Lisk, I spent a great deal of time researching the reach, flexibility,
scalability potential and economic incentives of various
cryptocurrencies. I believe Lisk ranks very high in all of these areas,
which makes me very excited about its future.
Q: What makes Lisk different from other blockchain projects?
will be great for ecosystem growth. I believe that the structure of
Lisk’s community/network will make it easier to reach consensus if/when
it comes to big decisions. It should also lead to better outcomes. In
addition to achieving scalability by offloading some of the workload to
sidechains, Lisk’s Delegated Proof-of-Stake architecture should also
make it easier to scale the mainchain if/when needed. Also, the fact
that you can use your voting power to earn ‘interest’ on your Lisk
holdings is brilliant. When you factor in sidechains, I think that Lisk
will strongly reflect what an ideal economic system should look like.
Q: How did you spend your time prior to joining Lisk?
was mostly doing contract work as a software developer/engineer for big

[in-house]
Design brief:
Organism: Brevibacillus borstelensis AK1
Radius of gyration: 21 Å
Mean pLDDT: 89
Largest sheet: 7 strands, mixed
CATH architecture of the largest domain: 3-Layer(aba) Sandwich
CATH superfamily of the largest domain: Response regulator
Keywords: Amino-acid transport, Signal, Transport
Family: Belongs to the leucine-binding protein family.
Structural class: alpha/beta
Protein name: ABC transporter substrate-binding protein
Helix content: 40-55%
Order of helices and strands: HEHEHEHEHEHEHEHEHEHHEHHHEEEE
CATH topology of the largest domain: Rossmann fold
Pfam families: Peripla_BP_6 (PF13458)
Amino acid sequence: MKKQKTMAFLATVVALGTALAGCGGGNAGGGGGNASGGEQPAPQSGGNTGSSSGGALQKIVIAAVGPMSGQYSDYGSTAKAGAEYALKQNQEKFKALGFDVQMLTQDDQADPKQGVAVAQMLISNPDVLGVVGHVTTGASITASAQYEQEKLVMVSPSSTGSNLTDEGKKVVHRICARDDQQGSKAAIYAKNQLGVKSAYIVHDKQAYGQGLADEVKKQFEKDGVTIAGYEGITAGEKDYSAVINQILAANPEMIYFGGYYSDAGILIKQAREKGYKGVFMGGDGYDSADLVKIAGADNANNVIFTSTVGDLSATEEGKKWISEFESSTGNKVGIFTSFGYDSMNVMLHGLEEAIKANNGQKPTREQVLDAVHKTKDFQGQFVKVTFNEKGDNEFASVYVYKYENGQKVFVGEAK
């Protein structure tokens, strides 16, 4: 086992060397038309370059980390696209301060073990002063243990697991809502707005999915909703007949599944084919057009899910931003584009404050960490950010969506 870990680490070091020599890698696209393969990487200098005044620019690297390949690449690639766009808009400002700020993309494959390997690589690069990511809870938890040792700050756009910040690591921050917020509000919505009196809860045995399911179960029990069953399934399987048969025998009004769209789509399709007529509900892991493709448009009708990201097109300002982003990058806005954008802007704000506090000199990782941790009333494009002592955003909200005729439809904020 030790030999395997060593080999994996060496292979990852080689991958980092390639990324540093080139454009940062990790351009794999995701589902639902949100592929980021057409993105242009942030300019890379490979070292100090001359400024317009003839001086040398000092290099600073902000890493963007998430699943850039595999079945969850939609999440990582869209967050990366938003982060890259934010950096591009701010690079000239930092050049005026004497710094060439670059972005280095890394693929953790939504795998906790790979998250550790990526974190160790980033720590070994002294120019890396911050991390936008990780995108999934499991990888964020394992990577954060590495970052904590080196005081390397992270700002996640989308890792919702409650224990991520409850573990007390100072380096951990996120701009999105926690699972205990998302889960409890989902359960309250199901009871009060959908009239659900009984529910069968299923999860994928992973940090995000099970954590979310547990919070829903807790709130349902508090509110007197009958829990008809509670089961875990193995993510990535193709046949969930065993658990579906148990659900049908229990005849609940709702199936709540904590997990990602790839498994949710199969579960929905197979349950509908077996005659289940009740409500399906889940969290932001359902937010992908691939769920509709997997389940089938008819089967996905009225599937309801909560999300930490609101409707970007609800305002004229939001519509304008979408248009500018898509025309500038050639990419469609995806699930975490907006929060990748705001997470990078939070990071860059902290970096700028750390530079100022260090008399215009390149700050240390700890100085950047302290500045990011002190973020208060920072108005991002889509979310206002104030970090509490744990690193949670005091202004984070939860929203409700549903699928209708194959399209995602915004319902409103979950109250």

companies and startups across different industries. At the time, I
wasn’t sure which industry I wanted to specialize in, so contracting
allowed me to try different areas. In addition to working full time as a
software engineer, I’ve always kept an open source project on the side.
Open source work is fun; you can find any problem that interests you
and start to implement a solution for it. With open source work, there
are no business constraints, therefore you can think very long term and
pick very difficult problems. You can aim high and learn as you go. My
first major open source project was a web content management system for
developers; similar to Wordpress, except with a user-friendly
drag-and-drop interface. It never became popular, but I learned a lot
from building it, so it was still worthwhile. After that, in 2012, I
started working with Node.js and that’s when I became interested in web
application frameworks and real-time technology. This eventually led me
to start SocketCluster. The common thread in all my open source work so
far has been that I’ve consistently been working on platforms and
frameworks for developers; to give them tools to build websites and
systems more efficiently. Lisk feels like a continuation of that for me.
Q: Tell us a bit more about SocketCluster.
SocketCluster is a real-time (WebSocket) framework, a pub/sub data
transport layer and a protocol. It makes it easier for developers to
build highly scalable systems which can send and receive data in
real-time between users and machines. It’s general purpose so it can be
used for building many different things like chat systems, stock price